What is the month?
What is the year?
How old am I?
What season is it?
If you awake during the night from a disturbing dream or nightmare, , remind yourself who you are, and where you are. Tell yourself who you are and where you are. What age are you now? Look around the room and notice familiar objects and name them. Feel the bed your are lying on, the warmth or coldness of the air, and notice any sounds you hear.
Creating a safe place. (10-12 minutes.) Make yourself comfortable, with your feet on the ground. Feel and relax your body, your head, your face, your arms, spine, stomach, buttocks, thighs, legs. Choose whether you want to close your eyes or keep them open during this exercise.
Think of a place in which in the past you were calm and confident and safe. It may be outdoors, at home, or somewhere else. It can be a place to which you have been once or many times, which you saw in a film or heard about, or imagine. You can be there by yourself or with someone you know. It can be private, unknown to others, somewhere that no one can find without your permission. Or you can decide to share it with others.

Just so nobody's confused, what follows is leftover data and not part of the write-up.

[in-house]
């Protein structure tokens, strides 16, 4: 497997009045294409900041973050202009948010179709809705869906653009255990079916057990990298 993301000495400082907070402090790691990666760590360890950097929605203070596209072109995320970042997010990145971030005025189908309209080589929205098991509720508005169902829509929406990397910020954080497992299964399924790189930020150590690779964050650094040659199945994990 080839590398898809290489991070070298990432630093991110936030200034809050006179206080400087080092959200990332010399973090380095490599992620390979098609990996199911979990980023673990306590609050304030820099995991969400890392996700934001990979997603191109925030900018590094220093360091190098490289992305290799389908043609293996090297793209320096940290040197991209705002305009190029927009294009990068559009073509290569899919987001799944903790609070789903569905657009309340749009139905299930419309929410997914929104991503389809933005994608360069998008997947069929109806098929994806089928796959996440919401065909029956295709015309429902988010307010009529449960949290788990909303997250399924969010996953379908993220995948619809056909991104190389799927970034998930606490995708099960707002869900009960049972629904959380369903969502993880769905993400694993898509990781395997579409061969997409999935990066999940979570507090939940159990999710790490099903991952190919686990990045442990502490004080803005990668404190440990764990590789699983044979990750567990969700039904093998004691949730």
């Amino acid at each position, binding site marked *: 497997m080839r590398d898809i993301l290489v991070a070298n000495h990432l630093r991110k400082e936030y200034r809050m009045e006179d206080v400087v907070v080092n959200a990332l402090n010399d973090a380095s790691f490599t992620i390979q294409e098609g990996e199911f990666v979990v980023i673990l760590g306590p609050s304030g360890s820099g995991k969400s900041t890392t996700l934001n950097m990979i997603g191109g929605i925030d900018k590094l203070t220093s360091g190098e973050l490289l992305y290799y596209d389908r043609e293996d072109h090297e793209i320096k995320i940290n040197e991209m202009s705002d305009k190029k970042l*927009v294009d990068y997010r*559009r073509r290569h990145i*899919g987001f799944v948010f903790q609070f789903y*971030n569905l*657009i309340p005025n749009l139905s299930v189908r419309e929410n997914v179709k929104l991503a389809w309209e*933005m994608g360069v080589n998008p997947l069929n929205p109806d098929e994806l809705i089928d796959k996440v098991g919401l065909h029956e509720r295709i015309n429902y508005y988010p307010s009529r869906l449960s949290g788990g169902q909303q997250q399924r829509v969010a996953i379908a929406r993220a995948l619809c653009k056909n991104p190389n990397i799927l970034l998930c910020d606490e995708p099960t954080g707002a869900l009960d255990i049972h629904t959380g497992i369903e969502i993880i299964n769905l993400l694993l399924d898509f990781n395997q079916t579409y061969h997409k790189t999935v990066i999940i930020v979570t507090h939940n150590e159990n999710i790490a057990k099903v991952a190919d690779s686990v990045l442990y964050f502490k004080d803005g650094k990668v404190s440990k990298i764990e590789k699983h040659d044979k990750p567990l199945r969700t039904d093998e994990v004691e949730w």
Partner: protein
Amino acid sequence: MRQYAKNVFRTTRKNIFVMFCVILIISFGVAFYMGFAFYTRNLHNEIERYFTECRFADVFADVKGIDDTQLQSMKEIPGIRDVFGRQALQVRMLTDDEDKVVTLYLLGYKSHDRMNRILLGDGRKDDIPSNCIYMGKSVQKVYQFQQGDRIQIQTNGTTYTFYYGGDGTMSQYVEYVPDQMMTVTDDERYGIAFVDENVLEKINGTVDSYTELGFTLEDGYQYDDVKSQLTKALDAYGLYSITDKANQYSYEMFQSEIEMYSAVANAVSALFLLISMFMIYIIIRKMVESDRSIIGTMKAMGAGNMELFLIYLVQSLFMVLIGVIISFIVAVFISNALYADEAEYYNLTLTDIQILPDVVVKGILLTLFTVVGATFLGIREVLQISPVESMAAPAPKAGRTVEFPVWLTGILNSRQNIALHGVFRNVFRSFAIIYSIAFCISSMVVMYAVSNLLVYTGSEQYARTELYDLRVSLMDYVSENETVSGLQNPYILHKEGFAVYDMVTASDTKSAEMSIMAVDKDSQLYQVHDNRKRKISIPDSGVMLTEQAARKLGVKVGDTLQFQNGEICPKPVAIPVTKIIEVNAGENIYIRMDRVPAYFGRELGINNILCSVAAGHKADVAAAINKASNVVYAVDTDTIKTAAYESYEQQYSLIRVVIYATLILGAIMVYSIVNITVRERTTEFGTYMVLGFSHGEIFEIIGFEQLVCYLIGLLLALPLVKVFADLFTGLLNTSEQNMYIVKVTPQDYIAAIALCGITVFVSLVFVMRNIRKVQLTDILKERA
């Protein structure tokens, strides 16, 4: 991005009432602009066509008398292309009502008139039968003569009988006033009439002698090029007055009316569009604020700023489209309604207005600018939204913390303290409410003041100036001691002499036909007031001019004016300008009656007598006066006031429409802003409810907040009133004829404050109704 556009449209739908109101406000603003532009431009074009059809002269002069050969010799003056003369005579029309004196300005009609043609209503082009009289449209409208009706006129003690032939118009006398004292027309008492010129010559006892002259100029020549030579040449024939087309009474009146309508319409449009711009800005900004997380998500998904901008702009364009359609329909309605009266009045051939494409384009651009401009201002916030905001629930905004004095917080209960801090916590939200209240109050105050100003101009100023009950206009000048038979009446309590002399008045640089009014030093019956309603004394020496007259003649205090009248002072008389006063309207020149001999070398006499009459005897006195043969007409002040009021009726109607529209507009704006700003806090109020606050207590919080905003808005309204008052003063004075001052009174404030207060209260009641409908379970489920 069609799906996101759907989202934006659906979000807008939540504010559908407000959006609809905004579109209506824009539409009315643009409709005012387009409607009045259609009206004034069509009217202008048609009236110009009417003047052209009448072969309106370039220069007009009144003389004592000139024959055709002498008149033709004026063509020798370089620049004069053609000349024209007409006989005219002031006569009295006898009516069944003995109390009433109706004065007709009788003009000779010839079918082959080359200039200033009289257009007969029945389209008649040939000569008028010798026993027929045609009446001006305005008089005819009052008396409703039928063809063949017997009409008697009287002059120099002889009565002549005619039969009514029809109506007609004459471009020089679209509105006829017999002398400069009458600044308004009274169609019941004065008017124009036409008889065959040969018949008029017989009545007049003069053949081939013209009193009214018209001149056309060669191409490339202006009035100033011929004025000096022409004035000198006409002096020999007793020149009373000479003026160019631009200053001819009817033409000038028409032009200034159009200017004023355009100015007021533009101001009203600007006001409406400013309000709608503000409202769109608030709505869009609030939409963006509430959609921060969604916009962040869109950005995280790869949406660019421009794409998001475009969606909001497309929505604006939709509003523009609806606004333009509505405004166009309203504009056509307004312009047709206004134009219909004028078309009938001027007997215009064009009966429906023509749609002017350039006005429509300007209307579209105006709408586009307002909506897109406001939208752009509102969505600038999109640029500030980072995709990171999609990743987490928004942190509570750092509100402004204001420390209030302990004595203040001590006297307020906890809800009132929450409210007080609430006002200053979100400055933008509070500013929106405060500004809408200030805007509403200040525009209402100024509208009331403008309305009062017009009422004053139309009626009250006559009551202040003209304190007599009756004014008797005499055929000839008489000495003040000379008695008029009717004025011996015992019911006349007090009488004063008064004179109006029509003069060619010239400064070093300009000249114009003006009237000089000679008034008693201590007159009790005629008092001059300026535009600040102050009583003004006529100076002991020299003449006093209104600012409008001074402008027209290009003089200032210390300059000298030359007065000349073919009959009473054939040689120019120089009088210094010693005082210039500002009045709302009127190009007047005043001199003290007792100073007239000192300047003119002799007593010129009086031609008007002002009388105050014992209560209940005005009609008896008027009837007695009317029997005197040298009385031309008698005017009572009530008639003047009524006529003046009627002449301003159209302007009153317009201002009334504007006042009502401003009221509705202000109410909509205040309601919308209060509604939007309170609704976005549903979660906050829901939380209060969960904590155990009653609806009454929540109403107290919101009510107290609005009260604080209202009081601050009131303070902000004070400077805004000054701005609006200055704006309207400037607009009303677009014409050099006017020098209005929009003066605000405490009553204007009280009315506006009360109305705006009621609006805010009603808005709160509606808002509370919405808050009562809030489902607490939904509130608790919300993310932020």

This place must suit you and meet your needs. You can constantly recreate or adapt it. It is comfortable and richly equipped for all your wants. Everything you need to be comfortable is present. It is somewhere that fits you. It shuts out every stimulus that might be overwhelming.
Imagine this place. Imagine you are there. Take time to absorb it in detail: its colors, shapes, smells and sound. Imagine sunshine, feel the wind and the temperature. Notice how it feels to stand, sit or lie there, how your skin and your body feel in contact with it.
How does your body feel when everyone is safe, and everything is fine? In your safe place you can see, hear, smell and feel exactly what you need to feel safe. Perhaps you take off your shoes and feel what it is like to walk barefoot in the grass or in the sand.
You can go to this place whenever you want and as often as you want. Just thinking about it will cause you to feel calmer and more confident.
Remain there for five more seconds. Then prepare to return to this room, open your eyes, stretch yourself, do what you need to return to the present.
Breath Counting. (4 minutes.)
Sit in a comfortable position with the spine straight and the head inclined slightly forward. Gently close your eyes and take a few deep breaths.
To begin the exercise, count “one” to yourself as you exhale.
The next time you exhale, count “two,” and so on up to “five”